Pchum Ben in Cambodia: The ceremonies
Every year Cambodia celebrates the Pchum Ben day. Many call it the ancestors day, because the main activity is to offer food to the ghosts of the dead relatives. Officially the festival is 14 days long, but most families leave it with the last three of four days. In Phnom Penh it is common now to just go to the temple for one day. The capital is quite empty because many who work here leave the city and go back to their hometown. The word ‘Ben’ in Khmer means to collect; ‘Ben’ also means to cup or mould cooked rice into portions. To ‘Ben Baht’ means to collect food to give to monks. The word ‘Phchum’ means to congregate or to meet together.
How does a day during Pchum Ben look like?
Our team member Thyda explains the activities with her family.
“One day before the main Pchum Ben celebrations, my mother goes to market to buy meat and vegetables. Wer are very traditional, that means we cook a lot of different dishes.
On the day when we are going to the pagoda, all family members get up at 5:30 am. They gather in the kitchen and start preparing the food and cook. Usually it takes around one and a half hours to cook all the different dishes. There is no rule in what to cook. Some prefer more expensive food like duck and beef, some care more about decoration, and others worry about the ghosts health and offer vegetarian food. After cooking, we arrange the dishes in small containers (in khmer called Chansrak) together with rice and some fruits as well as Khmer sticky rice. Also, we have to bring candles and even some money for the monks and the pagoda.
Some people go to seven pagodas
The family then usually drives to the temple next to their home. There is also a tradition that families have to visit 7 pagodas within 7 days. Everyone goes to the pagoda because they don’t want the spirits of dead members of their family to come to seek offerings at pagodas in vain. It is believed that wondering spirits will go to look in seven different pagodas and if those spirits can not find their living relatives’ offering in any of those pagodas, they will curse them, because they cannot eat food offered by other people.
The women dress in a traditional skirt, often woven from silk, and a white blouse. Over the shoulder they wear a white scarf. Girls can also dress the same way, The men have a nice shirt and trousers.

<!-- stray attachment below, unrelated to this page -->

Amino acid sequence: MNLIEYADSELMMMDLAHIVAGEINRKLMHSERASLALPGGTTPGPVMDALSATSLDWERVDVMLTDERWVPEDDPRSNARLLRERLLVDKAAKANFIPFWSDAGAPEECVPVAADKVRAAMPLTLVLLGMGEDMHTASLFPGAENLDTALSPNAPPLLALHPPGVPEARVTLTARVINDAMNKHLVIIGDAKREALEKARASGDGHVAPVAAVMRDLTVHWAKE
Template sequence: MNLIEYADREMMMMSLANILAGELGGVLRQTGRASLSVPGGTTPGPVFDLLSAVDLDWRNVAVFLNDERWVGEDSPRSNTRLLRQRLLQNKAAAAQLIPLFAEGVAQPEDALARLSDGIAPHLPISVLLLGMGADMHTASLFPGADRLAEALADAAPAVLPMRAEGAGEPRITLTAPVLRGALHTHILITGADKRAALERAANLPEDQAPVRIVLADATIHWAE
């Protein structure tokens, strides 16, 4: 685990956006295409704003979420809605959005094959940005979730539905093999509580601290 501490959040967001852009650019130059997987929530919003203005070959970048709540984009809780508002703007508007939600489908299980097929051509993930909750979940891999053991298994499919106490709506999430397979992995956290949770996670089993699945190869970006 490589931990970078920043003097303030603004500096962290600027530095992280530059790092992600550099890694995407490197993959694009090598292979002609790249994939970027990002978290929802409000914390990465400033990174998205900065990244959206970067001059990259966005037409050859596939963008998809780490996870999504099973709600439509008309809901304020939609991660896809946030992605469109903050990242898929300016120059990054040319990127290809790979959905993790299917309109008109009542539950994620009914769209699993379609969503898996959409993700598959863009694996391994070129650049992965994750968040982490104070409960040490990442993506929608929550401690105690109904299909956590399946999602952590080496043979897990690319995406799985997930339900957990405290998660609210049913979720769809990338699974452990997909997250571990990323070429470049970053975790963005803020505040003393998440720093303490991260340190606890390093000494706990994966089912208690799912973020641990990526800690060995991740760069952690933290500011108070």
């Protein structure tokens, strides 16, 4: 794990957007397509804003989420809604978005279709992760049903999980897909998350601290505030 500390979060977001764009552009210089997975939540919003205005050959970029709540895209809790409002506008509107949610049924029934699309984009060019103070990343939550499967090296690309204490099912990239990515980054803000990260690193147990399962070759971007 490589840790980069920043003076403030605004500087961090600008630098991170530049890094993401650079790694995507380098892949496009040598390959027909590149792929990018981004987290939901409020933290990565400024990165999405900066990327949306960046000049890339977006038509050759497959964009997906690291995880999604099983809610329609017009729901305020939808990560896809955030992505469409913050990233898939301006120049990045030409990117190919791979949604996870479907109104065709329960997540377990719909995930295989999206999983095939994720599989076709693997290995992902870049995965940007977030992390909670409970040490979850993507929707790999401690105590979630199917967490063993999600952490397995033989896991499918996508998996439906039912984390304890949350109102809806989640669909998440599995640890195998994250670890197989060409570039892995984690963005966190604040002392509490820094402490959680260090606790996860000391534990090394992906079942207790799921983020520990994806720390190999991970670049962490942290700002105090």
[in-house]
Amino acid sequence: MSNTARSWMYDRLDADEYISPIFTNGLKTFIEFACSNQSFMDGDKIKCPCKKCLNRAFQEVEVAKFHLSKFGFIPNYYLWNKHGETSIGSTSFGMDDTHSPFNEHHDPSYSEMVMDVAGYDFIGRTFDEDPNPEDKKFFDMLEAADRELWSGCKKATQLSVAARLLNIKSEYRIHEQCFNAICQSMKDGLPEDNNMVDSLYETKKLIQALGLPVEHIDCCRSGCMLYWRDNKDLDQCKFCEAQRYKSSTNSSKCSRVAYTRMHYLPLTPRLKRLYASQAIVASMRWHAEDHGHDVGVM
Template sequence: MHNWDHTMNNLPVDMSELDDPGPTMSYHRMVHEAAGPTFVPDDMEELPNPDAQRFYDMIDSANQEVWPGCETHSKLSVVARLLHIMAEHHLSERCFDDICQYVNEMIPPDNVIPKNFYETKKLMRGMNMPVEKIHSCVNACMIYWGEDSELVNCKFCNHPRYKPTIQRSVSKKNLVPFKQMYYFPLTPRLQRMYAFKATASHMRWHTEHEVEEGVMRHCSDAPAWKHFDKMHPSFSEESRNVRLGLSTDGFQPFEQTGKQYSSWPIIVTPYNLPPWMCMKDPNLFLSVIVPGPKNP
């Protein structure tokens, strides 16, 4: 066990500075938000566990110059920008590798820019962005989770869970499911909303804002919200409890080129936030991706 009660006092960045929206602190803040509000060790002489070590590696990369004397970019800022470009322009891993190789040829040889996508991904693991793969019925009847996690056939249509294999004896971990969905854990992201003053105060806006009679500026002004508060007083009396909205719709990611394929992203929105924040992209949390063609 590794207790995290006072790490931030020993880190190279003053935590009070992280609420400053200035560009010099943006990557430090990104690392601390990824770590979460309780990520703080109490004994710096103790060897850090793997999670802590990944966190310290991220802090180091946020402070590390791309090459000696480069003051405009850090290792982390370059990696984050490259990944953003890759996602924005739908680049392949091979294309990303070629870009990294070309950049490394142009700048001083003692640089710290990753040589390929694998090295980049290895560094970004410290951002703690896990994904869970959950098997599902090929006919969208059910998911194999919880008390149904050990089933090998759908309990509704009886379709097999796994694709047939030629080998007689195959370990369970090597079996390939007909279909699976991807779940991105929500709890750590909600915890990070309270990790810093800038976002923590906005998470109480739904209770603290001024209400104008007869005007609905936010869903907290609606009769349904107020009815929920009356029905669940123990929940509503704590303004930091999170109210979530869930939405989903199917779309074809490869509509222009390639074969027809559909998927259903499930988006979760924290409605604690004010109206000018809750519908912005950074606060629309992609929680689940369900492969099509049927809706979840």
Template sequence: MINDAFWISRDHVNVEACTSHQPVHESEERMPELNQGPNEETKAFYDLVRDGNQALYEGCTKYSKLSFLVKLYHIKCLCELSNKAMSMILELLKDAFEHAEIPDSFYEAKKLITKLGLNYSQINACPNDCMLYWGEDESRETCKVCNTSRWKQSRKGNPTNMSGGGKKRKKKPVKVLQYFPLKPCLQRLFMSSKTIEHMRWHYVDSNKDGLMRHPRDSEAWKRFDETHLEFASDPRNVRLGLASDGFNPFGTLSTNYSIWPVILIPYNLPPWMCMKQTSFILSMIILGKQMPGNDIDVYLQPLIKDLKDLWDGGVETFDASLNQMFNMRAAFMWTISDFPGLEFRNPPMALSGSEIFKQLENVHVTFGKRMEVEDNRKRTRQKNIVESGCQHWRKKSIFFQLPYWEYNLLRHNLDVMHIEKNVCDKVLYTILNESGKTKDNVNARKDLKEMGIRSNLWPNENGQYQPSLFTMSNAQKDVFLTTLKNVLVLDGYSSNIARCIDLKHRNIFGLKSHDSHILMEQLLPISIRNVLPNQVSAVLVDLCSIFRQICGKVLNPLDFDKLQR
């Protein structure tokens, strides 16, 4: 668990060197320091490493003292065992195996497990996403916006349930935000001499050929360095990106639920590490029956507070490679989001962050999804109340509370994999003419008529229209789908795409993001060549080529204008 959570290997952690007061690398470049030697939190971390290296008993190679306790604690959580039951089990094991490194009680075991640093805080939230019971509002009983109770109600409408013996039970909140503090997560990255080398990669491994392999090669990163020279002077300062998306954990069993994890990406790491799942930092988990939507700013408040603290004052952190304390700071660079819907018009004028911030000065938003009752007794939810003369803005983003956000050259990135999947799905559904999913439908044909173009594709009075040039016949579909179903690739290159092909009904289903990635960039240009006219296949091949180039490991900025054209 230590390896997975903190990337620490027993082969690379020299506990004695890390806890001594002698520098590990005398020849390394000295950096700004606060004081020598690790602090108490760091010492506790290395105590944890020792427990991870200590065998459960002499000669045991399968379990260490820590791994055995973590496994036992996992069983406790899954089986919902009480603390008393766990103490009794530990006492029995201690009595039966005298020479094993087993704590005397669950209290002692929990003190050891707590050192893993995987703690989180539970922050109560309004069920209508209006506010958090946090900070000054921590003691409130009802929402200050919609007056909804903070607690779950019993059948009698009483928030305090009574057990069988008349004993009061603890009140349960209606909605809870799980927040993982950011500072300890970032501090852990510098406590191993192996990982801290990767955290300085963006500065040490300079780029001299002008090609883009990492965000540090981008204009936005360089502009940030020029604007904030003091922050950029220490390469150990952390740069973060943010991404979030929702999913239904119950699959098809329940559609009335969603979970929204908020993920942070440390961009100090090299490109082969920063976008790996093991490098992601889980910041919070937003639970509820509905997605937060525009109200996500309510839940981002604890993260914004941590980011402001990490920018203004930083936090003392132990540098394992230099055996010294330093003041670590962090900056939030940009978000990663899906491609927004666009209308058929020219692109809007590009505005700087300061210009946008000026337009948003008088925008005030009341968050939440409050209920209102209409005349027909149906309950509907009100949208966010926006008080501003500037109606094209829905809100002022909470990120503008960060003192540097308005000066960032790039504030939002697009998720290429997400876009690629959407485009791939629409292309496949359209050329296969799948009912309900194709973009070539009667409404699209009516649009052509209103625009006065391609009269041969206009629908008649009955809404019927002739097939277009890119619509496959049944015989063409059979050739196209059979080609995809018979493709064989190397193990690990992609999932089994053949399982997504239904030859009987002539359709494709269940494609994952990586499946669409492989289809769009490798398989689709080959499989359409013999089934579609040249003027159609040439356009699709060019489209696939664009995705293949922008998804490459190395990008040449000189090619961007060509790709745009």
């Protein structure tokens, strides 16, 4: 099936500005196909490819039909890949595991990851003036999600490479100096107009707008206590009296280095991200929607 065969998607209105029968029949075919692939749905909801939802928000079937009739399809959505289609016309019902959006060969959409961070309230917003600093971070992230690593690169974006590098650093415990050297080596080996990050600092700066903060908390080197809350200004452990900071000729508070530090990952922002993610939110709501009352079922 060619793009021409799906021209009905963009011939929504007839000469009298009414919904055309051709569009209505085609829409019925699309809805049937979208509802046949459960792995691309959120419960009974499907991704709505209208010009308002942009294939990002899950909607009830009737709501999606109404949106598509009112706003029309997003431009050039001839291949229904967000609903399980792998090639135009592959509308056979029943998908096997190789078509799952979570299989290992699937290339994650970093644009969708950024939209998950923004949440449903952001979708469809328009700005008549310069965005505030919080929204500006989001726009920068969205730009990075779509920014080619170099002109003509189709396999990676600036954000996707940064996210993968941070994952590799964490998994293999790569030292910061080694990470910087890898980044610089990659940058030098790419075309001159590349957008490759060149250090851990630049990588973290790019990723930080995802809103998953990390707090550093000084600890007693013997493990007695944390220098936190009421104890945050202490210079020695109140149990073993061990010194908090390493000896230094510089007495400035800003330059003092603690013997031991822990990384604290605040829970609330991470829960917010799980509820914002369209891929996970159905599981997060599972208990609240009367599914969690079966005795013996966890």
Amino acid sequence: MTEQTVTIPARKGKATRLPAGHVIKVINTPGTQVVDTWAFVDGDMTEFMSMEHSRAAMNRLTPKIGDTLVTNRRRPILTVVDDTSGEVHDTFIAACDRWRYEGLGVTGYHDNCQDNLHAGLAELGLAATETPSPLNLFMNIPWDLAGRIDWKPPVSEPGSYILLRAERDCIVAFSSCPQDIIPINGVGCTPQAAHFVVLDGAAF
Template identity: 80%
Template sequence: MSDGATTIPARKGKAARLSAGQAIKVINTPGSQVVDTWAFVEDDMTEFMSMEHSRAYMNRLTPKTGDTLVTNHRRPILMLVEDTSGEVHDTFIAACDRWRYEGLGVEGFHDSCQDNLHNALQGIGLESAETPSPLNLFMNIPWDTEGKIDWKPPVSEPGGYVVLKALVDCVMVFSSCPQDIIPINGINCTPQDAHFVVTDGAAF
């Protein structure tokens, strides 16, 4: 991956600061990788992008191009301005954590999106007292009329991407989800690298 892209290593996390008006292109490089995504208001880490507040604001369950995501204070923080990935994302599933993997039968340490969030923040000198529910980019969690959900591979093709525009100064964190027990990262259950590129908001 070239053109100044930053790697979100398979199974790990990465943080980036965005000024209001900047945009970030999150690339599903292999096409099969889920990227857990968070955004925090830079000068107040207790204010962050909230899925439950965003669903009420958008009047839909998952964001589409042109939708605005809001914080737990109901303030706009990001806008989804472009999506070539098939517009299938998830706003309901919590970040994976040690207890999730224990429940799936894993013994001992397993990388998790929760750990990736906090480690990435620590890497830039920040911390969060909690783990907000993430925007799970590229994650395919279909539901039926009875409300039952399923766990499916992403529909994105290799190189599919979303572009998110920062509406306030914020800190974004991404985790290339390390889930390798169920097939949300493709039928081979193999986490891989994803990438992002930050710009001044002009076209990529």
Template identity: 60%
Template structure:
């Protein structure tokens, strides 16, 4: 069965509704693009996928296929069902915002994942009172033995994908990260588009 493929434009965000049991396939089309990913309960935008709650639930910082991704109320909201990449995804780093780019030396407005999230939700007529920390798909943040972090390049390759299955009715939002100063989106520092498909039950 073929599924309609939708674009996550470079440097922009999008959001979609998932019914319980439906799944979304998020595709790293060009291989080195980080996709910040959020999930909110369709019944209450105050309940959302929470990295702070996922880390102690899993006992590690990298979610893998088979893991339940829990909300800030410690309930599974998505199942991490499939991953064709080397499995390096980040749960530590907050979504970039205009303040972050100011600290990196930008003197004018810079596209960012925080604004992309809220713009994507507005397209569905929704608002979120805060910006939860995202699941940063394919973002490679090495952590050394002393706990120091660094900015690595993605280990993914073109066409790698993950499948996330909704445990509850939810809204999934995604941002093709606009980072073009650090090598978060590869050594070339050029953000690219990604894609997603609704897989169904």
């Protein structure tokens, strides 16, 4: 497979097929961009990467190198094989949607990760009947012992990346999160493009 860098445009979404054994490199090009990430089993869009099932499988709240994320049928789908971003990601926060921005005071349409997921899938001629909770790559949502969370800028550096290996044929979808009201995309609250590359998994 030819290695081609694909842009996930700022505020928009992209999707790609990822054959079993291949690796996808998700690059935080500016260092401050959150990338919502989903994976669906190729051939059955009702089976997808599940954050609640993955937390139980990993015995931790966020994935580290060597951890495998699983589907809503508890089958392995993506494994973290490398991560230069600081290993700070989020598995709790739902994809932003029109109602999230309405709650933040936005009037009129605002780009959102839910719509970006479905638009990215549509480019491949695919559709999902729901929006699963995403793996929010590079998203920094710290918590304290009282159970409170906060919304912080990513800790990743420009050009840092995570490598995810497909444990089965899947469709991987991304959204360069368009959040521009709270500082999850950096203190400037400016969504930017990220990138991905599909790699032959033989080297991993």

Feeding the ghosts
We have to make sure we arrive at the temple before 11 am. It is tradition in Buddhism, that monks are not allowed to eat after 11 am. So we arrive at 8am at the pagoda and offer the food to the monks. One reason is to support the holy men with food, during Pchum Ben it is also a way, to feed the ghosts. The monks are mediators between the real world and hell. It is said that during Pchum Ben the gates from hell are open and the hungry ghosts come out. The offerings are meant to make them full and calm the ghosts down. After placing the food containers in the dedicated place, we queue up in a line of many people to put rice in bowls on a very long table. some decades ago rice was thrown on the floor to feed the ghosts, but it changed to bowls and plates so it can be eaten later.
Another beautiful tradition follows the offerings. Monks have build huge sand piles, and we start creating small hills from it and decorate with flags and ornaments. This activity is only seen during Pchum Ben. It is unclear where the tradition is coming from, and some pagodas have only one sand mountain while other have several in different sizes.
[UPDATE: Not available in 2020] Join us for a authentic experience in Pchum Ben day
Once the activity at the sand piles is over, we sit with others in the pagoda and have a meal together. Since there is way too much food for the monks and the ghost don’t really eat it, it would be a waste to leave it. Some pagodas share the food with poor people in the neighborhood.”
Thydas mother Phanny is a really good cook, and offers to take travelers to the pagoda during Pchum Ben. We have a special package that includes:
- Cooking the food together at the home
- Drive to the pagoda
- Offerings, explanations, prayers and meditation
- Drive back to the home
- Have lunch at home (or pagoda, if desired).
Authentic Khmer food on the menu
The menu is a set menu (the ghosts really like it too):
CHICKEN FOREST SOUR SOUP (SAMLOR MACHOUPREY SACHMIEN)
It is a kind of hot-soup which was named from a forest. It is cooked with a combination of chicken and varieties of fresh vegetables like colorful tomato, green pepper, and sweet pepper, mixed with Khmer Kroeung and tamarind. For Khmer Kroeung, she uses lemongrass stalk, Kaffir lime, Galangal, Rhizome, and garlic. To make a yellow Kroeung, she added turmeric a bit over than others to get color and flavor. Finally, the soup is added with holy basil known as M’rah prov.
FRIED SWEET GOURD (KHUO NORNAOENG)
A very fresh fried tropical vegetables mixed (gourd and sweet corn) with chicken egg will bring you an unforgettable experience of Khmer food. After cooking, she added Kampot pepper and spring onion over the fried.
GRILLED PORK RIB (CHHA-EUNG CHHUMNY CHROUK-ANG)
A common right dish for every time meals such as breakfast, lunch or dinner. She could make it special by marinating the pork ribs with Kampot pepper (a special pepper from the southwest part of coastal of Cambodia), a little salt and sugar, oyster sauce and garlic, etc. Its smell will make you hungry!
COCONUT JELLY (CHA-HUOY DOUNG)
Hot and steamy would be a good way to describe the weather in Cambodia. Therefore, the coconut jelly is a popular dessert to help you cool down the heat inside your body. Mixed gelatine powder with coconut water and let it stand for a few minutes. After that top up it with coconut milk and leave in the fridge to set.